Guest artists who performed this year with the Eastern Festival Orchestra included pianist William Wolfram (Liszt Concerto No. 2), violinist Gil Shaham (Brahms concerto), pianist Drew Petersen (Ravel concerto), violinist Jeff Multer and cellist Julian Schwarz (Paul Frucht’s Finding Religion, a world premiere), and pianist Awadagin Pratt (Jessie Montgomery’s 2022 Rounds for Piano and String Orchestra and Bach Piano Concerto in A, BWV 1055). Vieaux played in the chamber series, joining concertmaster Multer for the virtuosic three-movement Twist for violin and guitar by Vivian Fung. The guitarist also gave a sterling reading of Agustin Barrios Mangoré’s Vals, Op. 8, No. 4 for solo guitar.

A concert prelude on Dana Lawn at Guilford College (Photo by Lynn Donovan)

Other luminaries this year included pianist Santiago Rodriguez, who played Mozart’s Piano Concerto No. 17 under Schwarz. Rodriguez also took part in a chamber-music recital, taught a masterclass, and gave an all-Rachmaninoff solo recital featuring the Second Piano Sonata as well as selections from Études-Tableaux, Préludes, and Moments musicaux.

An attractive 128-page program book details all the concerts and locales as well as provides information about the faculty, students, and guest artists. Additionally, almost all the pieces performed are discussed in the program notes that include both historical and formal information written by Cat Keen Hock.

Almost all concerts take place in the 1,000-seat Dana Auditorium on the Guilford campus. “We play in a wonderful concert hall, very good acoustics,” Schwarz said. “We don’t have to deal with tents and bugs and heat and rain and bad acoustics. We’re unique in that we have three orchestras, and we basically all live together at Guilford College, so that we’re a community that’s together. And we do it in one of the most beautiful places in the country.”

The Eastern Festival Orchestra played Ravel’s ‘Bolero’ with percussionists Matt Decker and John Shaw at the front of the stage. (Photo by Lana Shkadova)

Asked about the highs of this season, Schwarz pointed to the “Mighty Fives” concert, which paired Beethoven’s Fifth with Mahler’s Fifth. And I couldn’t agree more. From the opening measures, it was obvious this was a commanding performance that would be remembered by the audience for a long time. The late-Romantic literature is what the Eastern Festival Orchestra really sinks its teeth into, and the lengthy Mahler was held together with intelligence and passion.

I was able to attend a number of the chamber-music recitals, student and faculty orchestral concerts, as well as master classes. The musical offerings are wide-ranging. For example, Mozart’s Quintet for Woodwinds and Piano in E-flat major, K. 452, was coupled with Poulenc’s Sonata for Flute and Piano and Schumann’s Piano Quartet in E-flat major. Another chamber program included Dvořák’s Miniatures for Two Violins and Viola with Brahms’ Piano Quartet No. 3, which sandwiched the Fung and Barrios compositions mentioned earlier.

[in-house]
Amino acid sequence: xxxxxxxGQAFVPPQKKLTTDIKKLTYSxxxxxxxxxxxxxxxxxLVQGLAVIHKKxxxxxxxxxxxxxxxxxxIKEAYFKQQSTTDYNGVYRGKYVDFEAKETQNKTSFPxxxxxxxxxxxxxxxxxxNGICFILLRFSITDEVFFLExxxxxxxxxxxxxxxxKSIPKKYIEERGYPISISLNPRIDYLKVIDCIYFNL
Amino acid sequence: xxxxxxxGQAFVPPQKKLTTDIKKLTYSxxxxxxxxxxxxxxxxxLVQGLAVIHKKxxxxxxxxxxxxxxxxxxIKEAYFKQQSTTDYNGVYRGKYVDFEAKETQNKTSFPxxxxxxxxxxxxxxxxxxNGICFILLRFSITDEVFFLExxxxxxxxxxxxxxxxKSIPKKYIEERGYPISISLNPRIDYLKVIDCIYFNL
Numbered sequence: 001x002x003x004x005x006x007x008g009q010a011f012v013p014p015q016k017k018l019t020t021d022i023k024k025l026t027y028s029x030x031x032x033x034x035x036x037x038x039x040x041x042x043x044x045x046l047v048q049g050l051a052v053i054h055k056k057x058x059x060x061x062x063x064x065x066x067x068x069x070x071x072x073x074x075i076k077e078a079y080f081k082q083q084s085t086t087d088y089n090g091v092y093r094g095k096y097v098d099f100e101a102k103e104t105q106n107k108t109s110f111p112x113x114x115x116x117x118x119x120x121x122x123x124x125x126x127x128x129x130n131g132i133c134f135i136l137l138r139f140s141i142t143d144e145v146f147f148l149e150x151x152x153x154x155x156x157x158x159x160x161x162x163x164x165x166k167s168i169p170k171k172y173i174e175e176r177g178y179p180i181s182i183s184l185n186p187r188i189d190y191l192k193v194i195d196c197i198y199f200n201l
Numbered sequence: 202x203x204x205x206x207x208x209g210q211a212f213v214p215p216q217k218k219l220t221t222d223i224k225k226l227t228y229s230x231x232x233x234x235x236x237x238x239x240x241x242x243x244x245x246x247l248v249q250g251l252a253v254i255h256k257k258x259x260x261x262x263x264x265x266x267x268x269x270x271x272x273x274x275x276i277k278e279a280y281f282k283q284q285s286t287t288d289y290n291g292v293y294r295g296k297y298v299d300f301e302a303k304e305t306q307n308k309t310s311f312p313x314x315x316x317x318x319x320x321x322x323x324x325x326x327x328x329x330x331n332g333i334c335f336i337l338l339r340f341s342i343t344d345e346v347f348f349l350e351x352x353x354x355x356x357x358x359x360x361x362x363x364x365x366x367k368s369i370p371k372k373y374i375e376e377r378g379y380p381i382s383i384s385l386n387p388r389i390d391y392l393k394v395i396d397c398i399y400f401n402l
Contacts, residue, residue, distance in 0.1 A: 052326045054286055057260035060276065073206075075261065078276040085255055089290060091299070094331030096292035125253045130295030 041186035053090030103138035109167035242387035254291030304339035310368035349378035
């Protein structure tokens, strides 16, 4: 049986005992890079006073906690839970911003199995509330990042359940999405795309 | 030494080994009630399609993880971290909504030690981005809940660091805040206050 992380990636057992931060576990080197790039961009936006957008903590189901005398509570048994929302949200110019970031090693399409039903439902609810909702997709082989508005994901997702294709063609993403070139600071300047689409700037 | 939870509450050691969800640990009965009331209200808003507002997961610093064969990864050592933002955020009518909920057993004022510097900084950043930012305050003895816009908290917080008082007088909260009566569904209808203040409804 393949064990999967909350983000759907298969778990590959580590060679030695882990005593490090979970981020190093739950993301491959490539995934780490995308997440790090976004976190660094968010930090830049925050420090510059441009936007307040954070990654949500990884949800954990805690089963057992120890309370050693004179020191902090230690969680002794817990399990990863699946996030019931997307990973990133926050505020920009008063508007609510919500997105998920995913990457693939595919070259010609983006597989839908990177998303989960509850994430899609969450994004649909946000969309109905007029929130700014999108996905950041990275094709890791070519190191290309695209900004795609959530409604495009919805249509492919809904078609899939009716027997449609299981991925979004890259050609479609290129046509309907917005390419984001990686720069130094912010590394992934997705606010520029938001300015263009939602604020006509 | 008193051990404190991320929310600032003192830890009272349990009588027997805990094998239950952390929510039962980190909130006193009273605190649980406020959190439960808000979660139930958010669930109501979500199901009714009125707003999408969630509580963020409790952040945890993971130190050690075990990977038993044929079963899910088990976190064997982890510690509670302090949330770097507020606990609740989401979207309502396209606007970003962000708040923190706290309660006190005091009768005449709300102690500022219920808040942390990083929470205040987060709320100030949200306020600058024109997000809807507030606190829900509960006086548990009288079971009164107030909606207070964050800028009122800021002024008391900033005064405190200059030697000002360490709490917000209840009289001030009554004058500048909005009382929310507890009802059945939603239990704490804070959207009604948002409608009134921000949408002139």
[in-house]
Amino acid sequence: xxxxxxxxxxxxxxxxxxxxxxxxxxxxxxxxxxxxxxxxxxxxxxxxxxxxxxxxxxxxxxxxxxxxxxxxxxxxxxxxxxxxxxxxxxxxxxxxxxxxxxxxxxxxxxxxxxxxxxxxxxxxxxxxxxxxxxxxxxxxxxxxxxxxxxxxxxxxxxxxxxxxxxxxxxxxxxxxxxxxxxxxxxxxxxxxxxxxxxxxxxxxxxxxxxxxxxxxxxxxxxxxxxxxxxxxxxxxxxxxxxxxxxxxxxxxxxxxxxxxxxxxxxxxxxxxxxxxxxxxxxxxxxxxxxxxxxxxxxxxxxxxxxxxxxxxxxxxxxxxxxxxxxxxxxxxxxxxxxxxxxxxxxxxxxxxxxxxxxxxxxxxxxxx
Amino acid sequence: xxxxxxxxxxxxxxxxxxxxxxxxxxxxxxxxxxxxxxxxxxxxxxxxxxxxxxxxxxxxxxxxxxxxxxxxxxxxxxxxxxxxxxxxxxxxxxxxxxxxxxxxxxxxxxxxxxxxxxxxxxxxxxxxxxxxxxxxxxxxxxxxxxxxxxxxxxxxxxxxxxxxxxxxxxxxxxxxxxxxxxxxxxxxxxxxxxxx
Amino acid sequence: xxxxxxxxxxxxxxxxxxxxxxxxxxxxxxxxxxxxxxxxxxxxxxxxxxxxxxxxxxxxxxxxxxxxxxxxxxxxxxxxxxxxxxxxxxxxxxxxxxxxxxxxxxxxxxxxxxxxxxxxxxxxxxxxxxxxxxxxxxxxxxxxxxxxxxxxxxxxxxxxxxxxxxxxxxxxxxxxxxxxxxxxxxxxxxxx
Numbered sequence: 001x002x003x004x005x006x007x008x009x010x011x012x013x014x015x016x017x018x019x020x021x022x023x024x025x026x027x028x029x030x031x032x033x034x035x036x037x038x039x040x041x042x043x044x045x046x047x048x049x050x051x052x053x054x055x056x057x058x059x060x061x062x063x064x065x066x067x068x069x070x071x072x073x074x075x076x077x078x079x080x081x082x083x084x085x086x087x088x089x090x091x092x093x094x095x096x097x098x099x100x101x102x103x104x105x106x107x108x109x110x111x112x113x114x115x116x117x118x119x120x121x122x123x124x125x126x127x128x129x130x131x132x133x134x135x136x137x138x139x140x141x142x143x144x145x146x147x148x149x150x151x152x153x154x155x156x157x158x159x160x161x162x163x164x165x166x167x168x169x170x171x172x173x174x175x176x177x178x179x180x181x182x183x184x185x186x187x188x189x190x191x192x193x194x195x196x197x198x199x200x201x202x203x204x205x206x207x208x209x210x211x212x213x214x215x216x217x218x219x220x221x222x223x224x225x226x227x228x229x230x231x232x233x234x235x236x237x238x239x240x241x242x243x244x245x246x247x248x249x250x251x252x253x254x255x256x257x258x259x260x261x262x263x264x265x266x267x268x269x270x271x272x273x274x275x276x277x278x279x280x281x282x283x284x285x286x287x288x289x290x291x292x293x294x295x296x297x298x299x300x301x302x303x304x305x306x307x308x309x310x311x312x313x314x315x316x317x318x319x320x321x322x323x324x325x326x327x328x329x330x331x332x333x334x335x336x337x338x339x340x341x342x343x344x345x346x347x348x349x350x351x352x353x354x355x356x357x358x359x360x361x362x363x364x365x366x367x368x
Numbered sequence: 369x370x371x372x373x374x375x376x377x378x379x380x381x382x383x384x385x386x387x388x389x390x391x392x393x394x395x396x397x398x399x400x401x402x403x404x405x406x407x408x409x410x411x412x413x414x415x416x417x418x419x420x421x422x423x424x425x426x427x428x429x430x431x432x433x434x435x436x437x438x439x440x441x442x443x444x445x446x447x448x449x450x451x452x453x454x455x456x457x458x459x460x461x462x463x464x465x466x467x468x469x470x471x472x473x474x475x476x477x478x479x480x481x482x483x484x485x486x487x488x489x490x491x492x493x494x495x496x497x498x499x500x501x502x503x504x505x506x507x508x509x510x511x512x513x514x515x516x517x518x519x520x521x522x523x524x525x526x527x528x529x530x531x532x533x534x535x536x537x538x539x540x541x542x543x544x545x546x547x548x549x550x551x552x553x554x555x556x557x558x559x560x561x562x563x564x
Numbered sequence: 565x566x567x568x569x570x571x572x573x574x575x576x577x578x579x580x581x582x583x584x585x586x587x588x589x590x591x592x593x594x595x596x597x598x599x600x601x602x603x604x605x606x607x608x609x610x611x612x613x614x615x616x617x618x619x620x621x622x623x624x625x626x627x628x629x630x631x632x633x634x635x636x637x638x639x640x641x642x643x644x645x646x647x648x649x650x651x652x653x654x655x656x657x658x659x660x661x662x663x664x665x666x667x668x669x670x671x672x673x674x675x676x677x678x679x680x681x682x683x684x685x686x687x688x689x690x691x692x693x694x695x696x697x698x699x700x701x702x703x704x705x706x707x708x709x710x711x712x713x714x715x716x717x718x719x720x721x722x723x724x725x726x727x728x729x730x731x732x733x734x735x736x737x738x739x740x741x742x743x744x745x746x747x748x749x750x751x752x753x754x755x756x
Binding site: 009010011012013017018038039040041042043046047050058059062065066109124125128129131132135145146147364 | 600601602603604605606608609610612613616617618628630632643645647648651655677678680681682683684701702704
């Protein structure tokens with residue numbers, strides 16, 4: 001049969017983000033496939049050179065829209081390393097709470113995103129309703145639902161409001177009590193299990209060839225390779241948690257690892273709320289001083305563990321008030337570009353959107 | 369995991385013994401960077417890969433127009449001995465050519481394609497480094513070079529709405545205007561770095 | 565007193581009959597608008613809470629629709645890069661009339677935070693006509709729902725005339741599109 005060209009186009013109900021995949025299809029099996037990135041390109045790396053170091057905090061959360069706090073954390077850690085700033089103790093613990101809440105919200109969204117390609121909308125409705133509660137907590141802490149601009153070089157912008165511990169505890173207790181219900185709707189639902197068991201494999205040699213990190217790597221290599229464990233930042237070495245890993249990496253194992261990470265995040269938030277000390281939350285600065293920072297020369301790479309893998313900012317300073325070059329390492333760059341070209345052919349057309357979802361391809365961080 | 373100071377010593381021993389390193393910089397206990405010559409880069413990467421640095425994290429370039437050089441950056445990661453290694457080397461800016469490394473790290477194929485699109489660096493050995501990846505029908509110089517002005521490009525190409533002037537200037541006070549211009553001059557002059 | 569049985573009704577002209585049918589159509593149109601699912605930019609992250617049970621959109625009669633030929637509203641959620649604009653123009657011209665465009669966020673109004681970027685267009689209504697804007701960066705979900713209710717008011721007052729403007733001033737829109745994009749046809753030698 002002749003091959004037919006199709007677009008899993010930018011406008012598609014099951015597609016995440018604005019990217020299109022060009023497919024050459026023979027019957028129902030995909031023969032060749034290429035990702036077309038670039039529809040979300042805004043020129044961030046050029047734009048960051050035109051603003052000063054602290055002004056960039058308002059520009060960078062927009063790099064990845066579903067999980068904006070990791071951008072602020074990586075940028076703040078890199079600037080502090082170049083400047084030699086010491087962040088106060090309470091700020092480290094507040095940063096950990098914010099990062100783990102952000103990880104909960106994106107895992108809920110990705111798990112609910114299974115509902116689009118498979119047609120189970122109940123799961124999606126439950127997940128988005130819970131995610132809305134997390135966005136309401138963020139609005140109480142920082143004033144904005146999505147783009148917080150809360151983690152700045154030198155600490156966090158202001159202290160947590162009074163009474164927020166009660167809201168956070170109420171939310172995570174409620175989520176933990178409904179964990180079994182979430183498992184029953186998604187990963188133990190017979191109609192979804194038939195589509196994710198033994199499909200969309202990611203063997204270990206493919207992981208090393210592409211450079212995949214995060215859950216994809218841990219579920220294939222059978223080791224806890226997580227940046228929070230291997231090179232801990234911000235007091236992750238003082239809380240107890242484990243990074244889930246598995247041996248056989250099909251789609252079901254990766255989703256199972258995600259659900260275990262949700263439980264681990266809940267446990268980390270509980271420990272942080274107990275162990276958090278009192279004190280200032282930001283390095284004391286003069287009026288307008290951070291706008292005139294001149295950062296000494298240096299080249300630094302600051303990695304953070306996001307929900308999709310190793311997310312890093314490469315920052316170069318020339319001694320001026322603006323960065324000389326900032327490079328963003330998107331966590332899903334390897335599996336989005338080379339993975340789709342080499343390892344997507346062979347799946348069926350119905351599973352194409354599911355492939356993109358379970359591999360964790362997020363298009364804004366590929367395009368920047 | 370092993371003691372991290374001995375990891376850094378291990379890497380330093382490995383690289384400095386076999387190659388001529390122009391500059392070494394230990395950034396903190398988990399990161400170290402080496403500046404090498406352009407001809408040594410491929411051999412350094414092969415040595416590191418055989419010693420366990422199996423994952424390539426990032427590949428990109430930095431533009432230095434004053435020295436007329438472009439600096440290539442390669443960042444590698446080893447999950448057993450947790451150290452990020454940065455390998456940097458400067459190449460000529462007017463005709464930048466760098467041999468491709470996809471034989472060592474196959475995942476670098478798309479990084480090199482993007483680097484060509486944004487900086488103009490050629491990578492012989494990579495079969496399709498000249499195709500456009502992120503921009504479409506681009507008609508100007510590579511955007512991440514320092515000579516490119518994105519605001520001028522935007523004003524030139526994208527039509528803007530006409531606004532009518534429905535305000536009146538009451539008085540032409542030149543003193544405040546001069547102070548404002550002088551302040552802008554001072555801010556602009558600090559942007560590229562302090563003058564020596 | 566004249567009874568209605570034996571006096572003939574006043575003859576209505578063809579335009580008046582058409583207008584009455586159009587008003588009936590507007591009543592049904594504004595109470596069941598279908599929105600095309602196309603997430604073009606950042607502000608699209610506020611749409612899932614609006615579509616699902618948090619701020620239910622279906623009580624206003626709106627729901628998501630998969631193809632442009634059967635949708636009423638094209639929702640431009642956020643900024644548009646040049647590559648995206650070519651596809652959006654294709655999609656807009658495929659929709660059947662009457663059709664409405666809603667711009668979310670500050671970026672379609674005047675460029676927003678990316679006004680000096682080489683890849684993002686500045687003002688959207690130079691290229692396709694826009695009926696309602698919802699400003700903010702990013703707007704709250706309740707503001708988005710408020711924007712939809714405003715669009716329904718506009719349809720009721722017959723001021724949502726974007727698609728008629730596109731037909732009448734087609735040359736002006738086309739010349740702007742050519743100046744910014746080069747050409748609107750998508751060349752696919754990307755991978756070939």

The Young Artist Orchestras offered Prokofiev (Romeo and Juliet) coupled with Dvořák’s Symphony No. 6, Janáček’s Sinfonietta, John Williams’ Concerto for Bassoon and Orchestra (featuring Gabriel Beavers as soloist; he also gave a masterclass and played in an all-Mozart program), Shostakovich Ninth, Anna Clyne’s 2019 Sound and Fury, Respighi’s Feste Romane, Ravel’s suites No. 1 and 2 from Daphnis et Chloé, and Bartók’s suite from The Miraculous Mandarin.

Each summer’s final week presents the Young Artists Concerto Competition Winners concert, always a delight to hear. This year the seven winners (age 19-21) included students playing works by Goossens for oboe, Walton for viola, Grøndahl for trombone, Lalo for violin, Nielsen for flute, Bruch for violin, and Martinů for oboe. The students’ colleagues backed them in two different Young Artists Orchestras, conducted by Novo and Cooper.

Violinist Gil Shaham, right, held a master class. (Photo by Lynn Donovan)

The Eastern Festival Orchestra’s repertoire was similarly varied: from Liszt to Rimsky-Korsakov through Copland, Brahms, Vivaldi, and Hindemith, Wagner coupled with Paul Frucht, and the brilliant finale: Debussy’s La mer, Montgomery’s Rounds, Bach’s Piano Concerto, Stravinsky’s Scherzo fantastique, and Respighi’s Pines of Rome.

“Every year we try to be better than the year before,” said Schwarz. “What’s been very exciting this year is the great audiences we’ve had — a 10 percent increase in audience size. We are flourishing, and that makes me very happy. I’m very proud of the impact that I’ve had, but I’m really honored that I’ve been allowed to do what I do here and given the support that I’ve been given.

“The area for us to grow is supporting our musicians. They’re fantastic. We need to do more for them financially. Hopefully we’re at the point that we can support the musicians who have done so much to make this place special. If I had one wish, that’s the wish.”